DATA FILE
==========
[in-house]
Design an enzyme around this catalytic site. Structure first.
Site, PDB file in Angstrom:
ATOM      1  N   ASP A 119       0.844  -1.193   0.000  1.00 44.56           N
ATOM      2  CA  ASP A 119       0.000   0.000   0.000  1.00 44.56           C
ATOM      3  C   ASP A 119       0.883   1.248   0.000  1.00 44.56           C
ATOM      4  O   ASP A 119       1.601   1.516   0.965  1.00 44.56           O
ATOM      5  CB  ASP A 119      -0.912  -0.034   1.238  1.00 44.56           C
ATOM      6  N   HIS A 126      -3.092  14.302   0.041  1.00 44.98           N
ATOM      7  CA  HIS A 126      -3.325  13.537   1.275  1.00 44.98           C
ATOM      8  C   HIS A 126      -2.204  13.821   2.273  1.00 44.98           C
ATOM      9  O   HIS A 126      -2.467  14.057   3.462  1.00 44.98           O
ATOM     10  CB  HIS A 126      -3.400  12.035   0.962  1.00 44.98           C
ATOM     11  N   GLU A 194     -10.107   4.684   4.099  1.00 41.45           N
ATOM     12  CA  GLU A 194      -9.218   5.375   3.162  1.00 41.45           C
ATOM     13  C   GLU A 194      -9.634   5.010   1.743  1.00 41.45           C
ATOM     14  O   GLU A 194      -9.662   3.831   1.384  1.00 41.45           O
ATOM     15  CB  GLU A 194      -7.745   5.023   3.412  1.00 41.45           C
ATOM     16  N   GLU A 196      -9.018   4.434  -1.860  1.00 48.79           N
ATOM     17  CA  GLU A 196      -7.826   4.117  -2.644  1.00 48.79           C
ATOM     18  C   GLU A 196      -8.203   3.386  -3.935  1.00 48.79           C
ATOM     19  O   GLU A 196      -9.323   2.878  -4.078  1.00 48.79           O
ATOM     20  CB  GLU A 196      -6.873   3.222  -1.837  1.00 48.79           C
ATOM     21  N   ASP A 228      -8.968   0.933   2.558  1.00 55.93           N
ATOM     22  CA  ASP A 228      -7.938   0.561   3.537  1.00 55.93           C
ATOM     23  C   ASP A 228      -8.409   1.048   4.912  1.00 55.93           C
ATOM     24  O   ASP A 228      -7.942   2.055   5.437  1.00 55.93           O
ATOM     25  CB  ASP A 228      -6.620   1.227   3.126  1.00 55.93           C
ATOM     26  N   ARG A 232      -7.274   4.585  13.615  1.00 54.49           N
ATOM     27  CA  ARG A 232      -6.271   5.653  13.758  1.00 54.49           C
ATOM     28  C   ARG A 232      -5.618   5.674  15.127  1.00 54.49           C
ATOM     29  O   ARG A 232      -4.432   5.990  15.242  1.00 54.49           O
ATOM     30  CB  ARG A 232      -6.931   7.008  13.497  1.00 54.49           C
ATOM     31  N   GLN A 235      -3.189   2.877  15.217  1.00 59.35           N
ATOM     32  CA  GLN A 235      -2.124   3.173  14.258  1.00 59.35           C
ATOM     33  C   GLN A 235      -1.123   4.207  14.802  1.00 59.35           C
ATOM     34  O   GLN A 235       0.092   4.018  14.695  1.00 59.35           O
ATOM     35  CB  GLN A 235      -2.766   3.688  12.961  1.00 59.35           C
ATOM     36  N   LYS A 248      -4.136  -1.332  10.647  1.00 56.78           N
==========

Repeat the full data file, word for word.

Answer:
[in-house]
Design an enzyme around this catalytic site. Structure first.
Site, PDB file in Angstrom:
ATOM      1  N   ASP A 119       0.844  -1.193   0.000  1.00 44.56           N
ATOM      2  CA  ASP A 119       0.000   0.000   0.000  1.00 44.56           C
ATOM      3  C   ASP A 119       0.883   1.248   0.000  1.00 44.56           C
ATOM      4  O   ASP A 119       1.601   1.516   0.965  1.00 44.56           O
ATOM      5  CB  ASP A 119      -0.912  -0.034   1.238  1.00 44.56           C
ATOM      6  N   HIS A 126      -3.092  14.302   0.041  1.00 44.98           N
ATOM      7  CA  HIS A 126      -3.325  13.537   1.275  1.00 44.98           C
ATOM      8  C   HIS A 126      -2.204  13.821   2.273  1.00 44.98           C
ATOM      9  O   HIS A 126      -2.467  14.057   3.462  1.00 44.98           O
ATOM     10  CB  HIS A 126      -3.400  12.035   0.962  1.00 44.98           C
ATOM     11  N   GLU A 194     -10.107   4.684   4.099  1.00 41.45           N
ATOM     12  CA  GLU A 194      -9.218   5.375   3.162  1.00 41.45           C
ATOM     13  C   GLU A 194      -9.634   5.010   1.743  1.00 41.45           C
ATOM     14  O   GLU A 194      -9.662   3.831   1.384  1.00 41.45           O
ATOM     15  CB  GLU A 194      -7.745   5.023   3.412  1.00 41.45           C
ATOM     16  N   GLU A 196      -9.018   4.434  -1.860  1.00 48.79           N
ATOM     17  CA  GLU A 196      -7.826   4.117  -2.644  1.00 48.79           C
ATOM     18  C   GLU A 196      -8.203   3.386  -3.935  1.00 48.79           C
ATOM     19  O   GLU A 196      -9.323   2.878  -4.078  1.00 48.79           O
ATOM     20  CB  GLU A 196      -6.873   3.222  -1.837  1.00 48.79           C
ATOM     21  N   ASP A 228      -8.968   0.933   2.558  1.00 55.93           N
ATOM     22  CA  ASP A 228      -7.938   0.561   3.537  1.00 55.93           C
ATOM     23  C   ASP A 228      -8.409   1.048   4.912  1.00 55.93           C
ATOM     24  O   ASP A 228      -7.942   2.055   5.437  1.00 55.93           O
ATOM     25  CB  ASP A 228      -6.620   1.227   3.126  1.00 55.93           C
ATOM     26  N   ARG A 232      -7.274   4.585  13.615  1.00 54.49           N
ATOM     27  CA  ARG A 232      -6.271   5.653  13.758  1.00 54.49           C
ATOM     28  C   ARG A 232      -5.618   5.674  15.127  1.00 54.49           C
ATOM     29  O   ARG A 232      -4.432   5.990  15.242  1.00 54.49           O
ATOM     30  CB  ARG A 232      -6.931   7.008  13.497  1.00 54.49           C
ATOM     31  N   GLN A 235      -3.189   2.877  15.217  1.00 59.35           N
ATOM     32  CA  GLN A 235      -2.124   3.173  14.258  1.00 59.35           C
ATOM     33  C   GLN A 235      -1.123   4.207  14.802  1.00 59.35           C
ATOM     34  O   GLN A 235       0.092   4.018  14.695  1.00 59.35           O
ATOM     35  CB  GLN A 235      -2.766   3.688  12.961  1.00 59.35           C
ATOM     36  N   LYS A 248      -4.136  -1.332  10.647  1.00 56.78           N